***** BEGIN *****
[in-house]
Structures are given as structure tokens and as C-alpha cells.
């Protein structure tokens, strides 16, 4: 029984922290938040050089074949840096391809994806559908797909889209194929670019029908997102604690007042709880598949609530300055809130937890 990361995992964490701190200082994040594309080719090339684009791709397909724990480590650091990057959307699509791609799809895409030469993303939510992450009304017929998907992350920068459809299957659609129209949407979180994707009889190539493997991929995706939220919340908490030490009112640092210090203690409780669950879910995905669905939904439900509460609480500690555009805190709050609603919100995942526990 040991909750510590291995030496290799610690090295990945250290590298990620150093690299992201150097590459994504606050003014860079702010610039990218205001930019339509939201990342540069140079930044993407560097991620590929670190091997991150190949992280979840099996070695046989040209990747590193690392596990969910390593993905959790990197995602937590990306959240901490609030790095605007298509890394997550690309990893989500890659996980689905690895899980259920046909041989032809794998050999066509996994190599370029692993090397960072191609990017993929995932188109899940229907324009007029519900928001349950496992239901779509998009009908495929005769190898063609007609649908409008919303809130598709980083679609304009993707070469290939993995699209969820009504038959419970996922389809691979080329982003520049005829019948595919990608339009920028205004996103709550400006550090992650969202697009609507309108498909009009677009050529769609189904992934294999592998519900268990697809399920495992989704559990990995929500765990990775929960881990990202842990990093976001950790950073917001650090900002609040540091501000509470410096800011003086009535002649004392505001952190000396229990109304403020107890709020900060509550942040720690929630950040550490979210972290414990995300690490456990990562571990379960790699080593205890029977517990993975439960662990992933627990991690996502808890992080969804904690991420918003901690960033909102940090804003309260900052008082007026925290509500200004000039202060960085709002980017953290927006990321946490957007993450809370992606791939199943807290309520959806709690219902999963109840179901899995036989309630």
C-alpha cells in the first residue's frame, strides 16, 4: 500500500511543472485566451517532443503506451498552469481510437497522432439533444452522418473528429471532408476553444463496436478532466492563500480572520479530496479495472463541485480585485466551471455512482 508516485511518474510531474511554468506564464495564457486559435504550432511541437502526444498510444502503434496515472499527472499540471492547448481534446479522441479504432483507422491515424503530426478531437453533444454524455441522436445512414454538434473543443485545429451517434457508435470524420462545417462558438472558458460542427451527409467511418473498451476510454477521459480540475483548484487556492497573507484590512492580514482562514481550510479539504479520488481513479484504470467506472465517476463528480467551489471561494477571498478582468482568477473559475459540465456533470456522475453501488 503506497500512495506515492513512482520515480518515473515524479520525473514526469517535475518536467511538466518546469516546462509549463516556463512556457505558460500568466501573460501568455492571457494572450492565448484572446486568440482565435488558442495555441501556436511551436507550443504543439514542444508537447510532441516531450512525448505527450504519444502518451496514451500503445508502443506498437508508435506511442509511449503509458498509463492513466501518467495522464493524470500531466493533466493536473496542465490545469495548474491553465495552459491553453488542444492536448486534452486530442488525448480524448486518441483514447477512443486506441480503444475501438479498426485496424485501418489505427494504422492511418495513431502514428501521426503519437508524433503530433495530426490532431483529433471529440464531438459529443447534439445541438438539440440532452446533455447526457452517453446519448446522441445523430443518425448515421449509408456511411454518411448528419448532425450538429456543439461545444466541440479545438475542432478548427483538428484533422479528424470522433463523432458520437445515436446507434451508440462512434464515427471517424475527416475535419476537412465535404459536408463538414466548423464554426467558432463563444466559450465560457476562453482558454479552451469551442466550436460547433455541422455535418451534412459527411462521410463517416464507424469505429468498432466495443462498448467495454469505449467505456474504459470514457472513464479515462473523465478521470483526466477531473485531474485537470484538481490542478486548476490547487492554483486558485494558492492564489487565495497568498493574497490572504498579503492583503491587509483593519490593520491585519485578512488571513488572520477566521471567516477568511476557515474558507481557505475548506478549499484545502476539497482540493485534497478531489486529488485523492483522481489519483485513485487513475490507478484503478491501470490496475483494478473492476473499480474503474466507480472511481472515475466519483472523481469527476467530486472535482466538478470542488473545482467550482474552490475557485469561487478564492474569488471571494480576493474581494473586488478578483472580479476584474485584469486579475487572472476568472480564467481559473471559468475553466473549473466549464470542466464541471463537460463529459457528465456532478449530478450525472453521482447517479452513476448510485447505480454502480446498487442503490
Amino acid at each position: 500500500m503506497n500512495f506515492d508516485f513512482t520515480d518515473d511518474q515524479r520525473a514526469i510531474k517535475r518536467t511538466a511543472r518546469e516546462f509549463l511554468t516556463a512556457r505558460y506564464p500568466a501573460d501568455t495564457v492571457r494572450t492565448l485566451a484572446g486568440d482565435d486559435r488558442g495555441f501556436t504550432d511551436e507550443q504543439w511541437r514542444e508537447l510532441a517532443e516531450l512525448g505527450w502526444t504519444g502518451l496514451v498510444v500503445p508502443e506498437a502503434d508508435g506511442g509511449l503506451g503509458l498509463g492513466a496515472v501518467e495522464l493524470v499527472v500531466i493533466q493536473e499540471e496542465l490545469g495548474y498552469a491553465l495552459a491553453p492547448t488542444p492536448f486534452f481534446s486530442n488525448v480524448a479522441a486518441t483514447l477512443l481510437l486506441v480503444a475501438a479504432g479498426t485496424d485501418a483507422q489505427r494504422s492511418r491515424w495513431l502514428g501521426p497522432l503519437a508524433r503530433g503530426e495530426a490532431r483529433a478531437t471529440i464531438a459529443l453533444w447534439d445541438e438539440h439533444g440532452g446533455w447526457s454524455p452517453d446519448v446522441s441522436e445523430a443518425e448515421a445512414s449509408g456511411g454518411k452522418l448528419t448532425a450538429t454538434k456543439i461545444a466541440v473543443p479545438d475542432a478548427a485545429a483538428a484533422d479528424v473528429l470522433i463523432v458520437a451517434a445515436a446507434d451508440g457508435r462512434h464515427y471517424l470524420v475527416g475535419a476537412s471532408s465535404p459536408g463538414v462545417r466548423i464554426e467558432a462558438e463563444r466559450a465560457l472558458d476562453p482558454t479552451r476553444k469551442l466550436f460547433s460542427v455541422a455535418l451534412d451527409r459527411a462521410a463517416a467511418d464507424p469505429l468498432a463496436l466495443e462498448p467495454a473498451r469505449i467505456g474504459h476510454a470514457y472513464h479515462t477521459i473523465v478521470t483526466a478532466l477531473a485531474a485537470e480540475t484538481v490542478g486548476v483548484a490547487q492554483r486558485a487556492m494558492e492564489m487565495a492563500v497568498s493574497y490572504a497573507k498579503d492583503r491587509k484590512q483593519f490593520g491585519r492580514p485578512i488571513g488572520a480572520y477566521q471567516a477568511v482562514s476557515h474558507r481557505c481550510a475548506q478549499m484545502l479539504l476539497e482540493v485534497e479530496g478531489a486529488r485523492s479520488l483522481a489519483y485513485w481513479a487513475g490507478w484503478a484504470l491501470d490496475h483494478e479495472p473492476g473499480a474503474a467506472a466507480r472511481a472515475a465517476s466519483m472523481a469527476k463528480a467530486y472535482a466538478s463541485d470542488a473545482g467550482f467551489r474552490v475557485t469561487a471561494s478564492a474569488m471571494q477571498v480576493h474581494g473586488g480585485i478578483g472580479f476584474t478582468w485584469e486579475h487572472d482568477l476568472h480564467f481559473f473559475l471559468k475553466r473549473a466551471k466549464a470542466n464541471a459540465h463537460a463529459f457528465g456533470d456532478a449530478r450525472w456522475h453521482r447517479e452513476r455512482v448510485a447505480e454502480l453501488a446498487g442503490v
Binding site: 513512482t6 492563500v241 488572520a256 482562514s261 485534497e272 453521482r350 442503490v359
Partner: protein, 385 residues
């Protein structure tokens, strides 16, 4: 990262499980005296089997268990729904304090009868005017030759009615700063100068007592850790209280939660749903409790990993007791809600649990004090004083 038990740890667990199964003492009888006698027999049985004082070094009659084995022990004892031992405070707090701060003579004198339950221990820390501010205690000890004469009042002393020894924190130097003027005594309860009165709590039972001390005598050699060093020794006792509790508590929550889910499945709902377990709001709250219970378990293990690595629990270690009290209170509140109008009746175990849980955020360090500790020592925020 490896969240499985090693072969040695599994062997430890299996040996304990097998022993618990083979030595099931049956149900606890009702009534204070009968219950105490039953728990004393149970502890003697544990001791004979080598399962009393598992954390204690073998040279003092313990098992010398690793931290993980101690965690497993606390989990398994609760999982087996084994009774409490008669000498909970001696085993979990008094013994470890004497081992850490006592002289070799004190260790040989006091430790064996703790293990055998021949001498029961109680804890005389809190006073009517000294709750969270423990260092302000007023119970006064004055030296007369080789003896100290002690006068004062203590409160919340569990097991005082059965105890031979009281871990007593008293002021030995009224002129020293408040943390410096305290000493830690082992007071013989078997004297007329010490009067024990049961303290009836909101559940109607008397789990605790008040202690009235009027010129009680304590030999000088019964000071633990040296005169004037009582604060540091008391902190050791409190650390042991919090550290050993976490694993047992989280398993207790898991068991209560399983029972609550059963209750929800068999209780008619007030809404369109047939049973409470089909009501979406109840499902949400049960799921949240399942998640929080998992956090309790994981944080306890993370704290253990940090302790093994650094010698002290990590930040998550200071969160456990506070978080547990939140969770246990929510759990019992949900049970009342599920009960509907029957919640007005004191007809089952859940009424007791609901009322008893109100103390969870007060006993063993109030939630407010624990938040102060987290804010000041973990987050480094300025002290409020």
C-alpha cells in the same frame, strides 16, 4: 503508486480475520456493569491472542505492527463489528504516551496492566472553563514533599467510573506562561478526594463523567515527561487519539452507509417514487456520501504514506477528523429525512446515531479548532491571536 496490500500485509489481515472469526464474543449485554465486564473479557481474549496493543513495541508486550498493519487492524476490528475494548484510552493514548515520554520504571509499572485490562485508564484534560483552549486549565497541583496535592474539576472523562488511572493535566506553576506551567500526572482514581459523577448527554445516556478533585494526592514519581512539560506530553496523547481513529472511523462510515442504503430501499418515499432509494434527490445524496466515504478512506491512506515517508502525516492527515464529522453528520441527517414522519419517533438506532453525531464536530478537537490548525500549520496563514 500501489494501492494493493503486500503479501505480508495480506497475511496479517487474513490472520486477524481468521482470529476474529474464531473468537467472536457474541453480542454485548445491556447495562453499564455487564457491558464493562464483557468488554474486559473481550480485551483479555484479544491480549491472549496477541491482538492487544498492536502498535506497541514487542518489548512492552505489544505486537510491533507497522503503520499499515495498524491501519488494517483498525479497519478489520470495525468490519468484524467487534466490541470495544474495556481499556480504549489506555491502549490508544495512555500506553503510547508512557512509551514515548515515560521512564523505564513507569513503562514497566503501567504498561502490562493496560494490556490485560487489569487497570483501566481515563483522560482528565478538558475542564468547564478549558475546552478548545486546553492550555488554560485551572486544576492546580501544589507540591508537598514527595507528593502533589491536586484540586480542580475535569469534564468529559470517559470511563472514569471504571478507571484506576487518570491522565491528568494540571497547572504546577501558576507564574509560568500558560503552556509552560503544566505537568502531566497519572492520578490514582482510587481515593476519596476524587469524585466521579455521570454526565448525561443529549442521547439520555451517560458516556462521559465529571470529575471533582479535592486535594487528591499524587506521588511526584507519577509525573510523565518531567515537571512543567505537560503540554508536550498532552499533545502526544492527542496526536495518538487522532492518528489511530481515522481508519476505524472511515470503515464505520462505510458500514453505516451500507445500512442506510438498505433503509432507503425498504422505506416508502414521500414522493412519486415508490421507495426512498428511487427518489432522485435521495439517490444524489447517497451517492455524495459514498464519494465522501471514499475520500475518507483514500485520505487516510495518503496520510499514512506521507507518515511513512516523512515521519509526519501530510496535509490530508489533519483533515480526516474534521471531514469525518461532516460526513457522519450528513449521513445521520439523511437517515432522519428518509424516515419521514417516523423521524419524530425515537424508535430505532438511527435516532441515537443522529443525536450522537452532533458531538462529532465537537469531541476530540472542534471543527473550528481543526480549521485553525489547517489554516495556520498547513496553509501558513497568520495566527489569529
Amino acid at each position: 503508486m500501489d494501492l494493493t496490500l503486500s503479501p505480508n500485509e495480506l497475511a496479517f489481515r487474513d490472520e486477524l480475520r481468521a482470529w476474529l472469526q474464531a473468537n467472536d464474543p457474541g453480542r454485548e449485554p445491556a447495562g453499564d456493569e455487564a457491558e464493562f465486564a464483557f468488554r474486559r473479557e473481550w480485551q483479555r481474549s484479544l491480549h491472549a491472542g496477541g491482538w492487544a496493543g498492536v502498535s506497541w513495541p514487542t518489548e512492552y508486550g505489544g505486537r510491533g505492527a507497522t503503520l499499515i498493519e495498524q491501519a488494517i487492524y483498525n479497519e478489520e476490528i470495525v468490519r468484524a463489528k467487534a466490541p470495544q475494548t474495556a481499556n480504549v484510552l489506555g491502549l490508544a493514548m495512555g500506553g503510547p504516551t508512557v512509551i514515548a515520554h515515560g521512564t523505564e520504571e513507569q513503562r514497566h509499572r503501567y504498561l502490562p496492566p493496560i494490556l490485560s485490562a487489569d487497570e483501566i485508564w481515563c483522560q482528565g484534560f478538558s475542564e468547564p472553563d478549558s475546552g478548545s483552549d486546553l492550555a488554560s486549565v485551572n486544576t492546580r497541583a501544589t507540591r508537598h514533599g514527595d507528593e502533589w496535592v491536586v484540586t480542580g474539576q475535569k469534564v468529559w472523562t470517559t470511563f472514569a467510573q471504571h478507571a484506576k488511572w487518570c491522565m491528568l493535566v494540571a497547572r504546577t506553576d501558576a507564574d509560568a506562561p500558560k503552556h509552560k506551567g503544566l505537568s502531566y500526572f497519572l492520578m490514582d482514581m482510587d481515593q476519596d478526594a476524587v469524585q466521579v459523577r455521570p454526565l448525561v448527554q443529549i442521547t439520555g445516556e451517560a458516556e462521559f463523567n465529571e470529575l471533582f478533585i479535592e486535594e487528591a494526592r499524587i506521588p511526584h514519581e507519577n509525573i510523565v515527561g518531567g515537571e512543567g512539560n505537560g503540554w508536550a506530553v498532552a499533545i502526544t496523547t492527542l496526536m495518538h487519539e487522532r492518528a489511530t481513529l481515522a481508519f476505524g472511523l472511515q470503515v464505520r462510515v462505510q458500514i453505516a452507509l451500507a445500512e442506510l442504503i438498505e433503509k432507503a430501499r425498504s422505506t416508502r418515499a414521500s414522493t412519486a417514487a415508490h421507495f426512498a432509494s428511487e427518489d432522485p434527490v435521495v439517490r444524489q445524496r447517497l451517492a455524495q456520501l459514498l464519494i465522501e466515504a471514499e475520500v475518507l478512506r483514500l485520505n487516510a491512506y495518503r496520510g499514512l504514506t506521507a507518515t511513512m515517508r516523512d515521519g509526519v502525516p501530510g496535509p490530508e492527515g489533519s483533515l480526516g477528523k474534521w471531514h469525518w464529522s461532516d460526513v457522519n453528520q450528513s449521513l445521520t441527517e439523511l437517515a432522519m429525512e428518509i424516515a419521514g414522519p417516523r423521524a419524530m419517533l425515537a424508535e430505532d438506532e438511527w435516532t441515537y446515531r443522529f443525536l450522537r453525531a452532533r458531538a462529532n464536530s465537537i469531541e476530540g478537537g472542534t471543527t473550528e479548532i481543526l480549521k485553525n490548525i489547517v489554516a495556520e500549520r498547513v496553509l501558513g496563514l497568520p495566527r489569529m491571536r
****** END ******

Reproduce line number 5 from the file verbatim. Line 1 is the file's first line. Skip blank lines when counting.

Amino acid at each position: 500500500m503506497n500512495f506515492d508516485f513512482t520515480d518515473d511518474q515524479r520525473a514526469i510531474k517535475r518536467t511538466a511543472r518546469e516546462f509549463l511554468t516556463a512556457r505558460y506564464p500568466a501573460d501568455t495564457v492571457r494572450t492565448l485566451a484572446g486568440d482565435d486559435r488558442g495555441f501556436t504550432d511551436e507550443q504543439w511541437r514542444e508537447l510532441a517532443e516531450l512525448g505527450w502526444t504519444g502518451l496514451v498510444v500503445p508502443e506498437a502503434d508508435g506511442g509511449l503506451g503509458l498509463g492513466a496515472v501518467e495522464l493524470v499527472v500531466i493533466q493536473e499540471e496542465l490545469g495548474y498552469a491553465l495552459a491553453p492547448t488542444p492536448f486534452f481534446s486530442n488525448v480524448a479522441a486518441t483514447l477512443l481510437l486506441v480503444a475501438a479504432g479498426t485496424d485501418a483507422q489505427r494504422s492511418r491515424w495513431l502514428g501521426p497522432l503519437a508524433r503530433g503530426e495530426a490532431r483529433a478531437t471529440i464531438a459529443l453533444w447534439d445541438e438539440h439533444g440532452g446533455w447526457s454524455p452517453d446519448v446522441s441522436e445523430a443518425e448515421a445512414s449509408g456511411g454518411k452522418l448528419t448532425a450538429t454538434k456543439i461545444a466541440v473543443p479545438d475542432a478548427a485545429a483538428a484533422d479528424v473528429l470522433i463523432v458520437a451517434a445515436a446507434d451508440g457508435r462512434h464515427y471517424l470524420v475527416g475535419a476537412s471532408s465535404p459536408g463538414v462545417r466548423i464554426e467558432a462558438e463563444r466559450a465560457l472558458d476562453p482558454t479552451r476553444k469551442l466550436f460547433s460542427v455541422a455535418l451534412d451527409r459527411a462521410a463517416a467511418d464507424p469505429l468498432a463496436l466495443e462498448p467495454a473498451r469505449i467505456g474504459h476510454a470514457y472513464h479515462t477521459i473523465v478521470t483526466a478532466l477531473a485531474a485537470e480540475t484538481v490542478g486548476v483548484a490547487q492554483r486558485a487556492m494558492e492564489m487565495a492563500v497568498s493574497y490572504a497573507k498579503d492583503r491587509k484590512q483593519f490593520g491585519r492580514p485578512i488571513g488572520a480572520y477566521q471567516a477568511v482562514s476557515h474558507r481557505c481550510a475548506q478549499m484545502l479539504l476539497e482540493v485534497e479530496g478531489a486529488r485523492s479520488l483522481a489519483y485513485w481513479a487513475g490507478w484503478a484504470l491501470d490496475h483494478e479495472p473492476g473499480a474503474a467506472a466507480r472511481a472515475a465517476s466519483m472523481a469527476k463528480a467530486y472535482a466538478s463541485d470542488a473545482g467550482f467551489r474552490v475557485t469561487a471561494s478564492a474569488m471571494q477571498v480576493h474581494g473586488g480585485i478578483g472580479f476584474t478582468w485584469e486579475h487572472d482568477l476568472h480564467f481559473f473559475l471559468k475553466r473549473a466551471k466549464a470542466n464541471a459540465h463537460a463529459f457528465g456533470d456532478a449530478r450525472w456522475h453521482r447517479e452513476r455512482v448510485a447505480e454502480l453501488a446498487g442503490v